3. Reply

    I didn’t know that chimpanzees were facing extinction 🙁 And I was even more surprised that one of the reasons was mobile phones!

  4. Reply

    Going on a trek like this is something I would love to do some day. I’ve read a couple other blogs about these activities in Uganda and I love that they are trying to preserve the natural habitats as best they can.

  5. Reply

    Oh wow!!! This is one piece of article that I needed to bookmark. Thank you for the information… I will surely keep in mind about my chimpanzee friends everytime I change phones.

  6. Reply

    Trekking in Uganda, and that too one, where you can spot Chimpanzees, is indeed a once in a lifetime experience. Its really good to know, that in these treks, its only witnessing the Chimpanzees in their normal being in their Homes, and theres no harm whatsoever to their home.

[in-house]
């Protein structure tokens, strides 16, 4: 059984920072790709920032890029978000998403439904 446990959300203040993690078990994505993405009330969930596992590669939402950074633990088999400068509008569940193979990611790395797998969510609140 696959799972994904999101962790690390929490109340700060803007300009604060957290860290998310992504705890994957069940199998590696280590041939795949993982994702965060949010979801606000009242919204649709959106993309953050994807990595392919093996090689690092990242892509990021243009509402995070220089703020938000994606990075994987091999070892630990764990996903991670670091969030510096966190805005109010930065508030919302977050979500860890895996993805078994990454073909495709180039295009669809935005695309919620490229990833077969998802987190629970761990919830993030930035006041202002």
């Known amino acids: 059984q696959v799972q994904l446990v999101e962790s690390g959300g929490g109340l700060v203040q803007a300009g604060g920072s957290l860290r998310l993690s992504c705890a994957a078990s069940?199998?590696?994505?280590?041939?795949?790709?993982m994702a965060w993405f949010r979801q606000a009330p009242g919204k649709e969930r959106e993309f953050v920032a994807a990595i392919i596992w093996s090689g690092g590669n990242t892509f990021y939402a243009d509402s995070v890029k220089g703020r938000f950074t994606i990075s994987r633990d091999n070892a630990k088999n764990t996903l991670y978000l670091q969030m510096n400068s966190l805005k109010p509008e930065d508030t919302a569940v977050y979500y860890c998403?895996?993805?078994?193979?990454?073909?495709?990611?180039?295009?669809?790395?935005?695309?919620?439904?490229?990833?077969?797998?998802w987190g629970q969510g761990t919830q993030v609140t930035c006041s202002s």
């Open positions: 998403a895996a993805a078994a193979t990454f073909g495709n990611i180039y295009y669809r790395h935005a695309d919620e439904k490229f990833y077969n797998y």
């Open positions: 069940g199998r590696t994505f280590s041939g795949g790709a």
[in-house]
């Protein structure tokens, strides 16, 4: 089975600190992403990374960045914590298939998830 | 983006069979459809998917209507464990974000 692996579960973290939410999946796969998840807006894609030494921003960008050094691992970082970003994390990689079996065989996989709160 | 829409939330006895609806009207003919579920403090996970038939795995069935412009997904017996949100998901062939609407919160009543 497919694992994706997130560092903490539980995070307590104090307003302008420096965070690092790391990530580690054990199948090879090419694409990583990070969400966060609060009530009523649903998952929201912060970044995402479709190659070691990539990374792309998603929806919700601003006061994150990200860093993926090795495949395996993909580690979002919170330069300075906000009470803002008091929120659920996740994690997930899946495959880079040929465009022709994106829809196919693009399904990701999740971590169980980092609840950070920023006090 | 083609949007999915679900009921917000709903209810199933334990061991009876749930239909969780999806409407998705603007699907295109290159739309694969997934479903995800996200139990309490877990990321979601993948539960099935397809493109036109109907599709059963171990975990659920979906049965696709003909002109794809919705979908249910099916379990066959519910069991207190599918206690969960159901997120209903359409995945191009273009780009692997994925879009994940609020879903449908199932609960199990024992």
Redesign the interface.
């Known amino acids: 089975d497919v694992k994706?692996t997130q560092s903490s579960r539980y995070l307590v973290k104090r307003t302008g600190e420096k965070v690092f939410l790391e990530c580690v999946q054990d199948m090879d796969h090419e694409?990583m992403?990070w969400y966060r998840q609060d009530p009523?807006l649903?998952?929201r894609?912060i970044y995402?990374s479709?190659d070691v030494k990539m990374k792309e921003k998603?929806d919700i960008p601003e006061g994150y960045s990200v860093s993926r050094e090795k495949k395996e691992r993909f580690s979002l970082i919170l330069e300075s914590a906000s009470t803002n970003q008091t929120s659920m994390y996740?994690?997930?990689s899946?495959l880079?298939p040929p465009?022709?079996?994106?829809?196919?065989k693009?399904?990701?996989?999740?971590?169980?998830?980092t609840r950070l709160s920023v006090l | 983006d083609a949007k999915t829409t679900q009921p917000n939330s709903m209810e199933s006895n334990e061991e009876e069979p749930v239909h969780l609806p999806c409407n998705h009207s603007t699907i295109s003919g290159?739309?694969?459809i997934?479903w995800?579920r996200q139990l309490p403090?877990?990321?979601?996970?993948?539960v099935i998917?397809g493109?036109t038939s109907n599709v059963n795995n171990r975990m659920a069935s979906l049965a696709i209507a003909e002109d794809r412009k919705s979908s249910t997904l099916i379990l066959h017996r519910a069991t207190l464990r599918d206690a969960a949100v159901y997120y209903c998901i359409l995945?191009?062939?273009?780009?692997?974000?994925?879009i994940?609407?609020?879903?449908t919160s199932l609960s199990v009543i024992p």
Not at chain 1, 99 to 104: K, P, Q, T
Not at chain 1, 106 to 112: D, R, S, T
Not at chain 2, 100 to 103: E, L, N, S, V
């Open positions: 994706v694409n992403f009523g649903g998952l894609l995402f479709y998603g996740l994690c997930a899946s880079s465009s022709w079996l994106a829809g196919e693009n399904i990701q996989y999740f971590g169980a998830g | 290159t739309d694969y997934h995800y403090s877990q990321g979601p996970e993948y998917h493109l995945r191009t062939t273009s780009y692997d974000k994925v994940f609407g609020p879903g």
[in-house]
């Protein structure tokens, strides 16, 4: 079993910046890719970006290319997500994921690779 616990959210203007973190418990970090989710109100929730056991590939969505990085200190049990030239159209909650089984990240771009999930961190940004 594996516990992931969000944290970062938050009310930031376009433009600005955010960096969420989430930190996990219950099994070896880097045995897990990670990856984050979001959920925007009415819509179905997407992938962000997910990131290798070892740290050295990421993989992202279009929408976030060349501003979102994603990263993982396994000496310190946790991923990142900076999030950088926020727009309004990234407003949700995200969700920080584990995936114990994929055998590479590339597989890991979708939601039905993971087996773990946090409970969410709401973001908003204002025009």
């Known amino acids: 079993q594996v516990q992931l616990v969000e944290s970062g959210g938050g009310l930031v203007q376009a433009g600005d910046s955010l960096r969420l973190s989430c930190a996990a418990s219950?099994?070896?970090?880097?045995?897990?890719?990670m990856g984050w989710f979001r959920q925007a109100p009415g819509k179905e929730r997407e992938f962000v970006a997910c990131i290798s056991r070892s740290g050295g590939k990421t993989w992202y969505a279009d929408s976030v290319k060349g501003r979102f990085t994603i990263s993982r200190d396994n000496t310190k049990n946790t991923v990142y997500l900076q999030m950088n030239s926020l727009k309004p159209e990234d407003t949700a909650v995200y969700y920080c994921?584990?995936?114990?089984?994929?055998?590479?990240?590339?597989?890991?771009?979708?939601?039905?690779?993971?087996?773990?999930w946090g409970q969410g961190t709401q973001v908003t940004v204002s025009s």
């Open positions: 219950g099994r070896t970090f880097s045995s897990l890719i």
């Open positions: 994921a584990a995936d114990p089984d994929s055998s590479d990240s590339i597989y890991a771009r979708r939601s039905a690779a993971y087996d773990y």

7. Reply

    A truly amazing experience this must have been, indeed. Observing any animal in the wild goes way beyond seeing them in a zoo, but to see primates like this is really unique.
    It is sad to hear our demand for more throw-away goods can be so damaging to these chimps. Can anything be done?

    • Juliette
    • August 17, 2018

    This must have been so special to see in person. I’m glad there are strict protocols such as no flash photography and of course no food. It was the same when we went to visit the snow monkeys in Japan – it’s great to see them but we have to be so mindful of the potential impact and ways we might be changing animal behavior if we’re not careful.

  8. Reply

    What an awesome experience that must have been for you. Hope you were still able keep your distance a bit.

  9. Reply

    This must have been a very rewarding experience for you. Hopefully the chimps will be able to survive and indeed flourish for future generations in places like this

  10. Reply

    Such an amazing adventure, thank you for sharing it with us. My husband is crazy about monkeys in general and works for Save the Chimps when he is in the country. I had to share this with him and he loved it! This would be one of his bucket list trips and experiences. 😉